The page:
EXPERIMENTAL MUSICAL INSTRUMENTS
“Dunaway doesn't leave any room for doubt -- the balloon is a musical instrument, and a wonderfully hybrid one at that.” - Rene Van Peer 

STARTLING MONIKER
In general, obstacles tend to amplify the creative process. When an artist has to “work around” a problem, the result is quite often a striking new idea or process. In my personal experience, the obstacle has generally been that I’m more or less broke. Because of this, I’ve done a lot of investigating into how to achieve electronic sounds in non-electronic ways– small party whistles become failing modems, my mouth is an envelope filter, thawing ice or salt sprinkled on tin foil can simulate the Max/MSP granular microsounds so often heard in avant-garde recordings.t was with a feeling of synchronicity that I opened a package from Innova Recordings to find Judy Dunaway’s “Mother of Balloon Music.” Having only a few days prior hit upon the notion that a rubbed balloon sounded remarkably like an expensive synthesizer, I had been experimenting with a few leftover party balloons to generate rapid squeaking, low rumbles, the popping effect produced by allowing the ballooon surface to “slip” under heavy pressure, shouting through the balloon, and (my favorite) a continuous wavering tone from rubbing circular patterns on the surface with wet fingertips. Turns out, all I had been missing was a few talented musicians to play along with me, and nearly twenty years of practice! With “Mother of Balloon Music,” Dunaway shows why she deserves the title– although she may not have invented the techniques (I’m being pragmatic, and citing generations of children who are natural improvisors), she certainly has put in major effort to nurture the sounds, techniques, and ideas associated with the balloon-as-instrument. If you don’t believe me, check the liner notes. Dunaway makes note of the almost spiritual connection a player has to the instrument. It is, after all, filled with human breath. Dunaway ties thoughts about the destruction of the Amazon rainforest (a source of rubber), with notions of the balloon as a statement against “high art”, gender inequality, and the separation of music from sensuality. Obviously, I hadn’t gotten around to discovering any of this, so in many ways it was very interesting and exciting to see than an artist has so fully explored (and continues to explore!) an aural realm of personal interest to myself. On the other hand, it was a little depressing– New York strikes again! Does this happen to you too? But back to the album at hand… “Mother of Balloon Music” has excellent recording quality; immediate and up-front, with well-defined sonic detail that I know is present in balloon sounds. The liner notes are well-written and thought-provoking, but a bit hard for me to read with long blocks of text that might be nicer in columns. Not much of a complaint, really! I especially appreciate the background information provided for Dunaway, as well as her collaborators– this is a polite touch that is all too often overlooked. - Dave X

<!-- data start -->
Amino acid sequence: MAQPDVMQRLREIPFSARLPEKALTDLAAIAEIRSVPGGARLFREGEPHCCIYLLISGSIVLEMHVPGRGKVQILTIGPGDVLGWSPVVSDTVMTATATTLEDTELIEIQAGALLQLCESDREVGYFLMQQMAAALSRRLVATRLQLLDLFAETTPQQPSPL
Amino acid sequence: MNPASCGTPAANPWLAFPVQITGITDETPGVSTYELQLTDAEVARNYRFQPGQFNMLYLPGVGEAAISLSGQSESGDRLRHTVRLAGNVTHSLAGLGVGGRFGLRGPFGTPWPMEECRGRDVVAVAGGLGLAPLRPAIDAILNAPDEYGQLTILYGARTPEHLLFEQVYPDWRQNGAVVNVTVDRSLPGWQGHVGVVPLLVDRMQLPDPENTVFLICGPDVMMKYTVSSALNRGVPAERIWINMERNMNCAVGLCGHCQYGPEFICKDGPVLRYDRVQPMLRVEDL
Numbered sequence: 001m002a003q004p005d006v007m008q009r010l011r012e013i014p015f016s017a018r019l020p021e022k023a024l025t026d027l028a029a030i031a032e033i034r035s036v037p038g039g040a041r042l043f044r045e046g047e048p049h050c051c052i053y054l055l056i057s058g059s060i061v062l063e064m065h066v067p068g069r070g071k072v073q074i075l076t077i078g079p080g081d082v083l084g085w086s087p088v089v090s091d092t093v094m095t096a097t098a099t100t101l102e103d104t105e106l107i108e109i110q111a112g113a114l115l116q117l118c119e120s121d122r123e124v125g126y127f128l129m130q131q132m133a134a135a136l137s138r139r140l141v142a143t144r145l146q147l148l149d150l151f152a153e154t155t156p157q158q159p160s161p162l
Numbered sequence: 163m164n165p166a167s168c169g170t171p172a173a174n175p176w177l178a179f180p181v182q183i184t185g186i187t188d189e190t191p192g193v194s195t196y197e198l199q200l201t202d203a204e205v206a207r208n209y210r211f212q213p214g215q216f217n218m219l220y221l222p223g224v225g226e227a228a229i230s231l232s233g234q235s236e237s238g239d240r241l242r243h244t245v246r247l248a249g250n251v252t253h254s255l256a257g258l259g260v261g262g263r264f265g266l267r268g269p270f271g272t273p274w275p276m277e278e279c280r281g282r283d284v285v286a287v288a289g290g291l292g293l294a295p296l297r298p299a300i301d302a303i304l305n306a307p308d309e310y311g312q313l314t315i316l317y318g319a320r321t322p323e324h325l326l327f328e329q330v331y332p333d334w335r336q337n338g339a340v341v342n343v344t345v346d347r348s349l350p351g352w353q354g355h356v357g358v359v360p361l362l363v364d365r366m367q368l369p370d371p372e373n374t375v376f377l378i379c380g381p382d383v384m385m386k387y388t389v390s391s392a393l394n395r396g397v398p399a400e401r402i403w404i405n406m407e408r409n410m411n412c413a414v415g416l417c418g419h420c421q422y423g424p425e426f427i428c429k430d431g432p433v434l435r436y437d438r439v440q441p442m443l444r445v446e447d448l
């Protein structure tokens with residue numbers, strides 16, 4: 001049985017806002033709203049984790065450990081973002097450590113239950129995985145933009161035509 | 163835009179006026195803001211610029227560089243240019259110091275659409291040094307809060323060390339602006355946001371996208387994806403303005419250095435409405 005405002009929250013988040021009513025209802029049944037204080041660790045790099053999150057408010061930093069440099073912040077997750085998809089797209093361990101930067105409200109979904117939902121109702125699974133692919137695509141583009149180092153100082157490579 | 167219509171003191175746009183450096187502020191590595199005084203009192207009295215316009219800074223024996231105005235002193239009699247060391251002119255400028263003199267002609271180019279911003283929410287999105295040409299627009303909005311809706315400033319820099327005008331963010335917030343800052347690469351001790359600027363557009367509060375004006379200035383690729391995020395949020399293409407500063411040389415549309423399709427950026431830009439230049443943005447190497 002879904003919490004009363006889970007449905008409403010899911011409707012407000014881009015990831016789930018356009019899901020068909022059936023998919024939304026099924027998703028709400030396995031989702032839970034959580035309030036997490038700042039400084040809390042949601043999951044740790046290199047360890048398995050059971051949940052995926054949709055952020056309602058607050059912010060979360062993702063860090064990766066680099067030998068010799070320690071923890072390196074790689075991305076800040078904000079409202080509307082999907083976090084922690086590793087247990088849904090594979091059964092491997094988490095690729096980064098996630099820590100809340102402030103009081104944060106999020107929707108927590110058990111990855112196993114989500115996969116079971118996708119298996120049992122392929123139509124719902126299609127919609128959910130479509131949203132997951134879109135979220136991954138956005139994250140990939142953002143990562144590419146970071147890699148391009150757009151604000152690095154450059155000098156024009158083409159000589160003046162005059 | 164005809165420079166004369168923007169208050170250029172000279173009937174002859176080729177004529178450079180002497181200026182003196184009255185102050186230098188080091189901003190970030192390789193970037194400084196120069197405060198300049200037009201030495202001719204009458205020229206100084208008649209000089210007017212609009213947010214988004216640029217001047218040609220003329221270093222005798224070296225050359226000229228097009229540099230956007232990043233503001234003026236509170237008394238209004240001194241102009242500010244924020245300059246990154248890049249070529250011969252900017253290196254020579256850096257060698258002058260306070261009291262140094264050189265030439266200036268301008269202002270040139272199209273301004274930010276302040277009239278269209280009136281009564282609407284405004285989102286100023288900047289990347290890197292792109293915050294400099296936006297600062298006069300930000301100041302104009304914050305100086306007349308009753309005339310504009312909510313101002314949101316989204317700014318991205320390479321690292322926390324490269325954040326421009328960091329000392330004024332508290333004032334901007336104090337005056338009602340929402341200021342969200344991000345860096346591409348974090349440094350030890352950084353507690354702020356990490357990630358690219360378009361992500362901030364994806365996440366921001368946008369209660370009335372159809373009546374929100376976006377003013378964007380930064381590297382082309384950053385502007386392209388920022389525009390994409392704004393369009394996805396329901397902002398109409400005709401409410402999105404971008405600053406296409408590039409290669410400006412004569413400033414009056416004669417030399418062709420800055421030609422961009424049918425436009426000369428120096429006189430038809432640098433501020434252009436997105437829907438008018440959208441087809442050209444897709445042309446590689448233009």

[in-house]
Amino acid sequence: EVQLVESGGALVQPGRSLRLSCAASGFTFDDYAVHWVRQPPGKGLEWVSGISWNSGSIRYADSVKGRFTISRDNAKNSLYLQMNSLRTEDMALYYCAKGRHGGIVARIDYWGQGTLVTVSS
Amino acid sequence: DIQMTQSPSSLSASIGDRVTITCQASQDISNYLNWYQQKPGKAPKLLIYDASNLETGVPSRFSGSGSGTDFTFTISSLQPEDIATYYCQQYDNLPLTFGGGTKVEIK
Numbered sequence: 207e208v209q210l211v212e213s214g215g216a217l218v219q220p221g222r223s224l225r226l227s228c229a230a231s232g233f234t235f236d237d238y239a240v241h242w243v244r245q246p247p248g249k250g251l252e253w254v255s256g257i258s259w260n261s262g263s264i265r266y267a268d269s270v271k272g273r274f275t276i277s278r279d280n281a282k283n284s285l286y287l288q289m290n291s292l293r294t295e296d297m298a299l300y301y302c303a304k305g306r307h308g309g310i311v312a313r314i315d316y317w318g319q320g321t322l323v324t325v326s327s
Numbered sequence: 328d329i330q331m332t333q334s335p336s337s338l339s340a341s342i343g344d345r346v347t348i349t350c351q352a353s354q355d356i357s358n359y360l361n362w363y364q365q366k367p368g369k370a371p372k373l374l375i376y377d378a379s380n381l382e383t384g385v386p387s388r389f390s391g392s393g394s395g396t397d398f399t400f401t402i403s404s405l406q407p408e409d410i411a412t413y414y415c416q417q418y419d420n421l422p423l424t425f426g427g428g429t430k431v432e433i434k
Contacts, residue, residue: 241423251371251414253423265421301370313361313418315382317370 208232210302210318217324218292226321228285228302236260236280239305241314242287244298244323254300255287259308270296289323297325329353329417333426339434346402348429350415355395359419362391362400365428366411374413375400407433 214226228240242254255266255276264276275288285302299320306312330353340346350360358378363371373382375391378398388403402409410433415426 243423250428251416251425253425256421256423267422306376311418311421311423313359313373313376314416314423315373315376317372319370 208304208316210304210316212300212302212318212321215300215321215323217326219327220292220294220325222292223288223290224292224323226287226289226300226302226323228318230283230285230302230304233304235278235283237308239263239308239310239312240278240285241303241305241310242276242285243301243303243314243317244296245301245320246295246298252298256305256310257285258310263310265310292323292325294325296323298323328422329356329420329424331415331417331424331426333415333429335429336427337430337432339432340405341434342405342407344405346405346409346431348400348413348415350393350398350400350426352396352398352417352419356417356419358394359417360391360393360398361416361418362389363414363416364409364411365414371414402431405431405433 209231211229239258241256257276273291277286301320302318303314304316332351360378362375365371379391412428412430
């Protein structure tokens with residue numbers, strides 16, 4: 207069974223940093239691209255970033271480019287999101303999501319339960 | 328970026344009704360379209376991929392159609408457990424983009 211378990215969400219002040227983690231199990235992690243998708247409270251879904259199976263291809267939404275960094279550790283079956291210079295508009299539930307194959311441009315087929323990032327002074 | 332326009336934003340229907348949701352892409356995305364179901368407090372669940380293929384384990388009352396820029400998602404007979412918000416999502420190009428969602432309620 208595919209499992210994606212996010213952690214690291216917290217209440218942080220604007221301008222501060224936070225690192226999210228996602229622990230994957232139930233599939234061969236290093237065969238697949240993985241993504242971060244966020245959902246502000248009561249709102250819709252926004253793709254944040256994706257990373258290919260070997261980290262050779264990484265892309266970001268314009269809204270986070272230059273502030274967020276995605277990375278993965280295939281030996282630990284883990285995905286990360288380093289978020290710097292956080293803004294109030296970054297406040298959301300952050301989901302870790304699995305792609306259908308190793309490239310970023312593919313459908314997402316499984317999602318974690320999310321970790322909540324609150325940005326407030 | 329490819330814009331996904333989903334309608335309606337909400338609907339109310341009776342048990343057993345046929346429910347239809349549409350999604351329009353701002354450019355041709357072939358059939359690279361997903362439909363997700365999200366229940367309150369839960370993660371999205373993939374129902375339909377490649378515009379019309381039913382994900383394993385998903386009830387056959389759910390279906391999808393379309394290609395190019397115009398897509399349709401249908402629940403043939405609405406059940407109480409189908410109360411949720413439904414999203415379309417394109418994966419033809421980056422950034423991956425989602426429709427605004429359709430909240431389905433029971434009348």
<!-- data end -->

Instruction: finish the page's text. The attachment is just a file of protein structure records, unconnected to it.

COILHOUSE MAGAZINE
Initially, exposure to composer/performer Judy Dunaway and her “virtuostic balloon-playing” broke my brain. But after the giggle fit subsided, I realized I was genuinely in awe of the woman, for many of the same reasons I’ve long adored Harry Partch, Hans Reichel, Clara Rockmore, and Klaus Nomi. Like them, Dunaway is utterly fearless in her approach to her craft, and unflinching in the face of inevitable backlash from both her classical and avante-garde contemporaries. (It takes ovaries of steel to play Lincoln Center with nothing but an amplified balloon between your knees, ah tell you whut.) Her Etudes No.1 and 2 for Balloon and Violin (2004) are particular favorites of mine, perhaps because they’re what my own stuffy classical violin instructor would undoubtedly have dismissed as “good musicans behaving unforgivably.” I’m at a loss to accurately describe the music… imagine what an orgy of parasitic wasps being slowly pressed to death between two lubricated sheets of mylar might sound like. New York Press writer Kenneth Goldsmith likened Dunaway’s live performances to witnessing “Cab Calloway in Munchkinland… Olivier Messiaen on helium.” Dunaway’s own statement of purpose is more straightforward: My own work … does not come out of a void. Creating a large body of work for balloons has allowed me to develop a vocabulary outside the realm of oppressive classical heritage. It has raised the ordinary and mundane to the status of high art. I have fetishized this simple cheap toy in my music, as the violin has been fetishized for centuries by Western European-influenced composers. In an era where the progress toward a woman’s control of her own body is threatened, I have coupled myself to a musical instrument that expresses sensuality, sexuality and humanity without inhibition. - Meredith Yayanos